Student receives national grant

Contact: Kay Fike Jones

A Mississippi State University graduate student will use a national fellowship to learn more about how arsenic may be poisoning a South Alabama estuary.

Scott Phipps of Starkville, a doctoral student in biological sciences, recently received a $16,500 National Estuarine Research Reserve Graduate Research Fellowship from the National Oceanic and Atmospheric Administration's Sanctuaries and Reserves Division.

The funding will enable him to study protected federal estuaries--the mix of freshwater and saltwater between rivers and oceans--in Weeks Bay (Baldwin County), Ala.

Phipps said the former forest-covered Baldwin County is one of the most agricultural counties in the state and the resulting soil erosion is becoming a problem in the estuary.

"As the soil runoff increases, more is deposited in Weeks Bay and these bottom sediments are rich in arsenic," he said.

In low doses, arsenic usually does not harm the algae, but at higher levels it replaces phosphorous, an important nutrient. Because of the greater-than-normal soil deposits, more and more arsenic is finding its way into the sediment.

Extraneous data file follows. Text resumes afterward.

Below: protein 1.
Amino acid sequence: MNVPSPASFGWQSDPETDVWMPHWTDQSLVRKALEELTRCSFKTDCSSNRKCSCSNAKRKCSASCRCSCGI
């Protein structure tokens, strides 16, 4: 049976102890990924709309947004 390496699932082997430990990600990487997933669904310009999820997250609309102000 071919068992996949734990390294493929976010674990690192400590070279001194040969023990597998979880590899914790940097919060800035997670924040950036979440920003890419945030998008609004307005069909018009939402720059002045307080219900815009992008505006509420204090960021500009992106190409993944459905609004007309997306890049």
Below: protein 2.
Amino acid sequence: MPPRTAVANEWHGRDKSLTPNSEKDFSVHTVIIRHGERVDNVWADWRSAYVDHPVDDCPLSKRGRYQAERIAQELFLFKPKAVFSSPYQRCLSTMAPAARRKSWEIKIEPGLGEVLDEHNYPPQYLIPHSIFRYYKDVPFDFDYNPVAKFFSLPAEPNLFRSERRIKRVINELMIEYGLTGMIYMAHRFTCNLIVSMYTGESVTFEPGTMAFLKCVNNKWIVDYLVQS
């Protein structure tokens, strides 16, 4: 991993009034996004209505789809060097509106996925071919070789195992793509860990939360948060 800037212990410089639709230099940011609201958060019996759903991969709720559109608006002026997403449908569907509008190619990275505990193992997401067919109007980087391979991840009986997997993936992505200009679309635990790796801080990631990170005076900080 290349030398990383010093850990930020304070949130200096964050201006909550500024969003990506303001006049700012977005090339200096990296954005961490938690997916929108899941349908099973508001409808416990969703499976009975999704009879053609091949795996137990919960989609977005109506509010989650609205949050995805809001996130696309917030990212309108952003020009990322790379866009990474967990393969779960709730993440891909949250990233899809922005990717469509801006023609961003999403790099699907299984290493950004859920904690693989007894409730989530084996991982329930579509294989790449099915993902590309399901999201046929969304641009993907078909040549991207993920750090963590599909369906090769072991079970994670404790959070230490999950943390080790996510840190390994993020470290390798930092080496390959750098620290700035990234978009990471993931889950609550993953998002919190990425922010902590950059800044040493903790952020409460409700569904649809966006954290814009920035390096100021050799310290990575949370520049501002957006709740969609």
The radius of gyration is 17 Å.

"Algae can't tell the difference between arsenic and phosphorus. Absorbing too much of the arsenic will poison the organisms the same as it would poison us," Phipps said.

He will study just how the extra arsenic interacts with the phosphorus, as well as how the algae and related organisms, such as diatoms, are affected. Diatoms are the basic source of marine food and the beginning of the food chain.

Phipps also will attempt to measure the amount of arsenic in the bay and its ratio to other elements.

Wed, 04/23/1997 - 05:00